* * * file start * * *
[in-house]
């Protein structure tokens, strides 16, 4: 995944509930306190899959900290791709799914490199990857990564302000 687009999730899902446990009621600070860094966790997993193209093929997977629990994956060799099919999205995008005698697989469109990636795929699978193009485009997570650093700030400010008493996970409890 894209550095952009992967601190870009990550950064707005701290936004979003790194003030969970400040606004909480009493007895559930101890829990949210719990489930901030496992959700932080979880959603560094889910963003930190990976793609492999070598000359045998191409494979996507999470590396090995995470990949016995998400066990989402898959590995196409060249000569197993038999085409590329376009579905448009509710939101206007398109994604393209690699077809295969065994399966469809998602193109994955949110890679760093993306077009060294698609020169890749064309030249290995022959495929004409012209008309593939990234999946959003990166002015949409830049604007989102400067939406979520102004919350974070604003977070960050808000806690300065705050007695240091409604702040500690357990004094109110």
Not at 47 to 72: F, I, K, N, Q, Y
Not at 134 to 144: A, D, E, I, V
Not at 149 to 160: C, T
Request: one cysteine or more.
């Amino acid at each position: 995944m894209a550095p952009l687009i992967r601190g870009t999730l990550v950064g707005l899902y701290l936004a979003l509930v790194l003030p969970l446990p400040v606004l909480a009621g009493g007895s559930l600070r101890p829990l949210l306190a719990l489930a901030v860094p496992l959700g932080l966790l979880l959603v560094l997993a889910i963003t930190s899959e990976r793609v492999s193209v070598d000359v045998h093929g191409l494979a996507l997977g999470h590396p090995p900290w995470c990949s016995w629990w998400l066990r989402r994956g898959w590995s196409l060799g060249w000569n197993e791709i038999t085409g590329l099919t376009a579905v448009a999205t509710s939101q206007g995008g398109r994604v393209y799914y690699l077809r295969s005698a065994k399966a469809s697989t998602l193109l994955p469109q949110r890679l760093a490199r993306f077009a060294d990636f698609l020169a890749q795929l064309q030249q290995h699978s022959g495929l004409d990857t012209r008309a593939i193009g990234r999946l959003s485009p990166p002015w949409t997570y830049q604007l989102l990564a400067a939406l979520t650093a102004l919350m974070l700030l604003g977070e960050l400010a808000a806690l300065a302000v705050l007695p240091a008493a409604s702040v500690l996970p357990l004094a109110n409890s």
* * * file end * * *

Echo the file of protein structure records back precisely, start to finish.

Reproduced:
[in-house]
């Protein structure tokens, strides 16, 4: 995944509930306190899959900290791709799914490199990857990564302000 687009999730899902446990009621600070860094966790997993193209093929997977629990994956060799099919999205995008005698697989469109990636795929699978193009485009997570650093700030400010008493996970409890 894209550095952009992967601190870009990550950064707005701290936004979003790194003030969970400040606004909480009493007895559930101890829990949210719990489930901030496992959700932080979880959603560094889910963003930190990976793609492999070598000359045998191409494979996507999470590396090995995470990949016995998400066990989402898959590995196409060249000569197993038999085409590329376009579905448009509710939101206007398109994604393209690699077809295969065994399966469809998602193109994955949110890679760093993306077009060294698609020169890749064309030249290995022959495929004409012209008309593939990234999946959003990166002015949409830049604007989102400067939406979520102004919350974070604003977070960050808000806690300065705050007695240091409604702040500690357990004094109110």
Not at 47 to 72: F, I, K, N, Q, Y
Not at 134 to 144: A, D, E, I, V
Not at 149 to 160: C, T
Request: one cysteine or more.
């Amino acid at each position: 995944m894209a550095p952009l687009i992967r601190g870009t999730l990550v950064g707005l899902y701290l936004a979003l509930v790194l003030p969970l446990p400040v606004l909480a009621g009493g007895s559930l600070r101890p829990l949210l306190a719990l489930a901030v860094p496992l959700g932080l966790l979880l959603v560094l997993a889910i963003t930190s899959e990976r793609v492999s193209v070598d000359v045998h093929g191409l494979a996507l997977g999470h590396p090995p900290w995470c990949s016995w629990w998400l066990r989402r994956g898959w590995s196409l060799g060249w000569n197993e791709i038999t085409g590329l099919t376009a579905v448009a999205t509710s939101q206007g995008g398109r994604v393209y799914y690699l077809r295969s005698a065994k399966a469809s697989t998602l193109l994955p469109q949110r890679l760093a490199r993306f077009a060294d990636f698609l020169a890749q795929l064309q030249q290995h699978s022959g495929l004409d990857t012209r008309a593939i193009g990234r999946l959003s485009p990166p002015w949409t997570y830049q604007l989102l990564a400067a939406l979520t650093a102004l919350m974070l700030l604003g977070e960050l400010a808000a806690l300065a302000v705050l007695p240091a008493a409604s702040v500690l996970p357990l004094a109110n409890s």